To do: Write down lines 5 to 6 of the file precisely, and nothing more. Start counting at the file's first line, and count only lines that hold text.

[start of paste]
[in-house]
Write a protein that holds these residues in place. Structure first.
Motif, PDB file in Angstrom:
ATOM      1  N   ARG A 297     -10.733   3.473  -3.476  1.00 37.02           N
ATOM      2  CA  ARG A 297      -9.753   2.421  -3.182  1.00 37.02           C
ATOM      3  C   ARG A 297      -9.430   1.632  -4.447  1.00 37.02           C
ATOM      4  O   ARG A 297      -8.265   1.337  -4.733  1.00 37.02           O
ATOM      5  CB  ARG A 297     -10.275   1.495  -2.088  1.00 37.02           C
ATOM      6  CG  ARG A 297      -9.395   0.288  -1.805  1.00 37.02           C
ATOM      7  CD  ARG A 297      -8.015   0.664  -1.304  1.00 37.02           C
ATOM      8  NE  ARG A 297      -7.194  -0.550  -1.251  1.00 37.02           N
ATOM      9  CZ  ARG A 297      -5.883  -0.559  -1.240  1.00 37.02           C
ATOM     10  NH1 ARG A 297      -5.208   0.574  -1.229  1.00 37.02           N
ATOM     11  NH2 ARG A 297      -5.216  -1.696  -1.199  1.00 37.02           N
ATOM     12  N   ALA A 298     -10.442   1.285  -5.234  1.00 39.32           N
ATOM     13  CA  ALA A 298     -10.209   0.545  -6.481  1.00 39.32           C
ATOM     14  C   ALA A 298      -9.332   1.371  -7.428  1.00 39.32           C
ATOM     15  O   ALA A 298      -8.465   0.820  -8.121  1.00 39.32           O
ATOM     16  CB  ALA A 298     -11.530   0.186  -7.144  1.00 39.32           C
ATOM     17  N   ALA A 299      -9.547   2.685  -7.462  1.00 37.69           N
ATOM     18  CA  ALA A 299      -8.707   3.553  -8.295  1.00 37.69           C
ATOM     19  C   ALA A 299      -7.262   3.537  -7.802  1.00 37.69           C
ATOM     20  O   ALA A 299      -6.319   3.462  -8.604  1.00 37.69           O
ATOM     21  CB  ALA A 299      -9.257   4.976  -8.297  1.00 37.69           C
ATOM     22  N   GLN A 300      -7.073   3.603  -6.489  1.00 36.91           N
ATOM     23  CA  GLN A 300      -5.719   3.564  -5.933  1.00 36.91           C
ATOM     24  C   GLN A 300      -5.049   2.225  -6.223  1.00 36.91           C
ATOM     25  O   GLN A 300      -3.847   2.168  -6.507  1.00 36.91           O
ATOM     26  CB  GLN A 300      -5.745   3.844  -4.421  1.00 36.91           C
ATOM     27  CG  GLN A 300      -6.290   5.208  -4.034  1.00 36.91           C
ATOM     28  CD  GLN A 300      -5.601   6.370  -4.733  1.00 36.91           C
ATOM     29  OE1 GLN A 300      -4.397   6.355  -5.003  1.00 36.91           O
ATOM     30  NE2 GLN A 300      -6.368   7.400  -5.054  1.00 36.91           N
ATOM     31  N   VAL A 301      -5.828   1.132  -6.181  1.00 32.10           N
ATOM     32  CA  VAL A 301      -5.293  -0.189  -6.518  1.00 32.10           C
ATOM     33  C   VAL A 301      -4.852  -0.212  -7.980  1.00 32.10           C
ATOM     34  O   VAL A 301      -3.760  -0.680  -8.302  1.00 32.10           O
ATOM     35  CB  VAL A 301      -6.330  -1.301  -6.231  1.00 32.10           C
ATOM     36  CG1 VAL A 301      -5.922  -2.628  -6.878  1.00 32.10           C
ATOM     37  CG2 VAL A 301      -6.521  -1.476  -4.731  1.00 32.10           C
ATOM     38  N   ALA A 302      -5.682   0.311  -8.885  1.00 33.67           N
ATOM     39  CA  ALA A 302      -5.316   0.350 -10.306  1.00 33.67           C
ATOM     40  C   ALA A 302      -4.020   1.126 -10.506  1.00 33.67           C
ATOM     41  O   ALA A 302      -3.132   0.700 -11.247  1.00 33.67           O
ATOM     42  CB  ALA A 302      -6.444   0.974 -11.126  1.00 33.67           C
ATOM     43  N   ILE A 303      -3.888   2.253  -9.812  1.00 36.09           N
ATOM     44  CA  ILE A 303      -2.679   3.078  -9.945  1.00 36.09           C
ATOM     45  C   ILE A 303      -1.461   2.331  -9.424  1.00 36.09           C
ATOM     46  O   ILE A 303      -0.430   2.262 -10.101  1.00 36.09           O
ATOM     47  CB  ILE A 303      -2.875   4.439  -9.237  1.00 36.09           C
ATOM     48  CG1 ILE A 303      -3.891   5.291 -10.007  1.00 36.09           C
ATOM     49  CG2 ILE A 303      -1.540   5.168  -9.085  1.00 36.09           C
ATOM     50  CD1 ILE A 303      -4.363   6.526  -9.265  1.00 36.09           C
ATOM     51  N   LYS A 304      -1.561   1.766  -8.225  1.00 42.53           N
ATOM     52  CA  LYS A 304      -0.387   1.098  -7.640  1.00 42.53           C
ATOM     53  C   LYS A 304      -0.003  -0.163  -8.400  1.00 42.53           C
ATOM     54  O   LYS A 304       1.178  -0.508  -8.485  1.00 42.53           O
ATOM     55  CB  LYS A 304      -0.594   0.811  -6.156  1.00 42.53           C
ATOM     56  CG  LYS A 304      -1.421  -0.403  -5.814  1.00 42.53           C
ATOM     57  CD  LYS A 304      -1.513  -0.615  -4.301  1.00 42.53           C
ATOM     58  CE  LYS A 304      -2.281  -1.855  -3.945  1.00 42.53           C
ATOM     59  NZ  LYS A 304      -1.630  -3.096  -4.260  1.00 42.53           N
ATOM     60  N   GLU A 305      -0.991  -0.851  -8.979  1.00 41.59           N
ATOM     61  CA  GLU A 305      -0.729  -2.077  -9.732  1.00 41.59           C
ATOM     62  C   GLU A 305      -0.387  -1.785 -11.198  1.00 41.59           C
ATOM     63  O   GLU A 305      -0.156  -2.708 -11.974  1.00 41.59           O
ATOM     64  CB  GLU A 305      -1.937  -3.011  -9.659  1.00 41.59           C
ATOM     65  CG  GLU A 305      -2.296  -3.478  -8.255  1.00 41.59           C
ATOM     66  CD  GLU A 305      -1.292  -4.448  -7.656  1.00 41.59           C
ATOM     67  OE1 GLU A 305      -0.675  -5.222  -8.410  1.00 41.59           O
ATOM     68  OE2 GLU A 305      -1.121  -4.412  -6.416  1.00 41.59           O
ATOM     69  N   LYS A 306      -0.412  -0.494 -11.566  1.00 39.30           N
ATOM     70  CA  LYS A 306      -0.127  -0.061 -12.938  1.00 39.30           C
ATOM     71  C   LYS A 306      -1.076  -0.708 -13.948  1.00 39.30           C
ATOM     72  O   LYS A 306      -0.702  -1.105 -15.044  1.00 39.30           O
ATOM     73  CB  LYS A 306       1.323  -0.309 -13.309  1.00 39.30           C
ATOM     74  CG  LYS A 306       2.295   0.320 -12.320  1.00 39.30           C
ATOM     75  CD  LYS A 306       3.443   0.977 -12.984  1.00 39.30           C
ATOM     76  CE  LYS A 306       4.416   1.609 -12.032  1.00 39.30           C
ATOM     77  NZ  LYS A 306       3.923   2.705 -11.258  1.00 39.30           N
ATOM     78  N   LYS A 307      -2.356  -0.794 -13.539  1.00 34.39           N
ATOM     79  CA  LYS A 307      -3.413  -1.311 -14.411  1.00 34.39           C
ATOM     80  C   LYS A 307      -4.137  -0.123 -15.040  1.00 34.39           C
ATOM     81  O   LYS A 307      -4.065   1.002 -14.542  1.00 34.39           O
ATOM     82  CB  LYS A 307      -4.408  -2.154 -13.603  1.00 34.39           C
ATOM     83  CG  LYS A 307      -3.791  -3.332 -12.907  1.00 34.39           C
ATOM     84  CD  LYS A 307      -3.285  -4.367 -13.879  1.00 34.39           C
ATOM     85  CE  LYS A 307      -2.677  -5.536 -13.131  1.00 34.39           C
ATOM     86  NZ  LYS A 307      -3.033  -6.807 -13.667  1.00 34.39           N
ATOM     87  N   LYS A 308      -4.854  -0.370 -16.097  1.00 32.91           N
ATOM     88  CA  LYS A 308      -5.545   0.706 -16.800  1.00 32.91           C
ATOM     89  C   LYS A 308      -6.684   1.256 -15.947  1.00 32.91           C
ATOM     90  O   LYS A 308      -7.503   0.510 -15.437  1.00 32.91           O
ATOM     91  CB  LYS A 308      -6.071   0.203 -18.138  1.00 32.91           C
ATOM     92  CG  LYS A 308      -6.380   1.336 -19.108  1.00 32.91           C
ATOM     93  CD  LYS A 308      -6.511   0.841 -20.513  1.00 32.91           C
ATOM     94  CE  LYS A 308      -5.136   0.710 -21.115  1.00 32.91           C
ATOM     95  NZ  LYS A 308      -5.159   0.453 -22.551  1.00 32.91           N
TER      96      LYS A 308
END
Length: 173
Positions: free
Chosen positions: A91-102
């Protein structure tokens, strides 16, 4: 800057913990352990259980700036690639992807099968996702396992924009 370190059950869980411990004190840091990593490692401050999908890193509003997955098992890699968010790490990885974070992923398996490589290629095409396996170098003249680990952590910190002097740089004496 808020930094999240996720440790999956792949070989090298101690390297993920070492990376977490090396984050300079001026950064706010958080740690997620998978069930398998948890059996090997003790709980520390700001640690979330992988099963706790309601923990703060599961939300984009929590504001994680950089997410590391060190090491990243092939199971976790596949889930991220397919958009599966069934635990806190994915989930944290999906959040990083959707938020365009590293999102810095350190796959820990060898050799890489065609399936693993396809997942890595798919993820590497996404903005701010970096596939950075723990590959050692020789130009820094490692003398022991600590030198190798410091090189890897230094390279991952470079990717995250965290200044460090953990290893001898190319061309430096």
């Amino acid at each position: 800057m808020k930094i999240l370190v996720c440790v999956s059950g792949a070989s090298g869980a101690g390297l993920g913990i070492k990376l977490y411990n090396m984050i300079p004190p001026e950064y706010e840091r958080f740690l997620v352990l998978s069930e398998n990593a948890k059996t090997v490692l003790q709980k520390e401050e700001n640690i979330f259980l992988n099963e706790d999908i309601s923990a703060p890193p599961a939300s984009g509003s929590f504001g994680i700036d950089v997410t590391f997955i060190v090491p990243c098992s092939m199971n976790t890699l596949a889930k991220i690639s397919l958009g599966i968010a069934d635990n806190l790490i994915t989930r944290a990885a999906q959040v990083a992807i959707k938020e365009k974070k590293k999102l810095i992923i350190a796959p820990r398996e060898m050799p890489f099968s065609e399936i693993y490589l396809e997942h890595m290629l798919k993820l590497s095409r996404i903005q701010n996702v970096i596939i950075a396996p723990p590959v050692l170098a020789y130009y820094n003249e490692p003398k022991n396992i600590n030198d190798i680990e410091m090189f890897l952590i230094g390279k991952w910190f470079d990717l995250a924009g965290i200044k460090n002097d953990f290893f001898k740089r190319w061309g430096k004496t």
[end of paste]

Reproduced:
ATOM      2  CA  ARG A 297      -9.753   2.421  -3.182  1.00 37.02           C
ATOM      3  C   ARG A 297      -9.430   1.632  -4.447  1.00 37.02           C